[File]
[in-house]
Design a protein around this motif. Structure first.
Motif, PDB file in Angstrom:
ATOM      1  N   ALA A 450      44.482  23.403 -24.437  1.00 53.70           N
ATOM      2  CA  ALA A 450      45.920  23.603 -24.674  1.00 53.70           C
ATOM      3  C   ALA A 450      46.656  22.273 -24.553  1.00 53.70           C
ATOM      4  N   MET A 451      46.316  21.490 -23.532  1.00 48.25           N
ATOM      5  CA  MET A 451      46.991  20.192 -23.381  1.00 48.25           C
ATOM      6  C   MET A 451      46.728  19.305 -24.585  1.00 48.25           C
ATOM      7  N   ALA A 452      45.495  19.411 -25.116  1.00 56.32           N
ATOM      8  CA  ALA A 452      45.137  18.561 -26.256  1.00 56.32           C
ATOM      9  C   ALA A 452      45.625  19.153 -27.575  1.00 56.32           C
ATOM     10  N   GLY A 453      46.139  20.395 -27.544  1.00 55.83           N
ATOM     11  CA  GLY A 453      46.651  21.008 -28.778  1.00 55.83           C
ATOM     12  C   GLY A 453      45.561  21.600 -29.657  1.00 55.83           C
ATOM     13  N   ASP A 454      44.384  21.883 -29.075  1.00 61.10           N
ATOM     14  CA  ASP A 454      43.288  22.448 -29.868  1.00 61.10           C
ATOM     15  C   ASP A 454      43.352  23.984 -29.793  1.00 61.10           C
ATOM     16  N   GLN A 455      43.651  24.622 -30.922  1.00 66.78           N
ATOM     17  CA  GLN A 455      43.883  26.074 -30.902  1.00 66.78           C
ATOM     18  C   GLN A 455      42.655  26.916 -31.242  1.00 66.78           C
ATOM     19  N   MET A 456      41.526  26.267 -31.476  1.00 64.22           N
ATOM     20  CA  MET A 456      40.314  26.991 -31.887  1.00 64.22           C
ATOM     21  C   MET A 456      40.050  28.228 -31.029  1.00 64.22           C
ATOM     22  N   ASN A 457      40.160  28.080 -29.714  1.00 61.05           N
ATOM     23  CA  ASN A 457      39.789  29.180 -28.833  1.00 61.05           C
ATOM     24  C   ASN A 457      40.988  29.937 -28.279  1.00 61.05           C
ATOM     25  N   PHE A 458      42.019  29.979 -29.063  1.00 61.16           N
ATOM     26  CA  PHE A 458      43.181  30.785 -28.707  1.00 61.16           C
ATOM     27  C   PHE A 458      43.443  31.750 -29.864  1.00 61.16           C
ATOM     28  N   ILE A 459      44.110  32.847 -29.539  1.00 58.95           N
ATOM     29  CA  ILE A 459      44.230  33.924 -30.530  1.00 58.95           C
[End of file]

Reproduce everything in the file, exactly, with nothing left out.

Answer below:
[in-house]
Design a protein around this motif. Structure first.
Motif, PDB file in Angstrom:
ATOM      1  N   ALA A 450      44.482  23.403 -24.437  1.00 53.70           N
ATOM      2  CA  ALA A 450      45.920  23.603 -24.674  1.00 53.70           C
ATOM      3  C   ALA A 450      46.656  22.273 -24.553  1.00 53.70           C
ATOM      4  N   MET A 451      46.316  21.490 -23.532  1.00 48.25           N
ATOM      5  CA  MET A 451      46.991  20.192 -23.381  1.00 48.25           C
ATOM      6  C   MET A 451      46.728  19.305 -24.585  1.00 48.25           C
ATOM      7  N   ALA A 452      45.495  19.411 -25.116  1.00 56.32           N
ATOM      8  CA  ALA A 452      45.137  18.561 -26.256  1.00 56.32           C
ATOM      9  C   ALA A 452      45.625  19.153 -27.575  1.00 56.32           C
ATOM     10  N   GLY A 453      46.139  20.395 -27.544  1.00 55.83           N
ATOM     11  CA  GLY A 453      46.651  21.008 -28.778  1.00 55.83           C
ATOM     12  C   GLY A 453      45.561  21.600 -29.657  1.00 55.83           C
ATOM     13  N   ASP A 454      44.384  21.883 -29.075  1.00 61.10           N
ATOM     14  CA  ASP A 454      43.288  22.448 -29.868  1.00 61.10           C
ATOM     15  C   ASP A 454      43.352  23.984 -29.793  1.00 61.10           C
ATOM     16  N   GLN A 455      43.651  24.622 -30.922  1.00 66.78           N
ATOM     17  CA  GLN A 455      43.883  26.074 -30.902  1.00 66.78           C
ATOM     18  C   GLN A 455      42.655  26.916 -31.242  1.00 66.78           C
ATOM     19  N   MET A 456      41.526  26.267 -31.476  1.00 64.22           N
ATOM     20  CA  MET A 456      40.314  26.991 -31.887  1.00 64.22           C
ATOM     21  C   MET A 456      40.050  28.228 -31.029  1.00 64.22           C
ATOM     22  N   ASN A 457      40.160  28.080 -29.714  1.00 61.05           N
ATOM     23  CA  ASN A 457      39.789  29.180 -28.833  1.00 61.05           C
ATOM     24  C   ASN A 457      40.988  29.937 -28.279  1.00 61.05           C
ATOM     25  N   PHE A 458      42.019  29.979 -29.063  1.00 61.16           N
ATOM     26  CA  PHE A 458      43.181  30.785 -28.707  1.00 61.16           C
ATOM     27  C   PHE A 458      43.443  31.750 -29.864  1.00 61.16           C
ATOM     28  N   ILE A 459      44.110  32.847 -29.539  1.00 58.95           N
ATOM     29  CA  ILE A 459      44.230  33.924 -30.530  1.00 58.95           C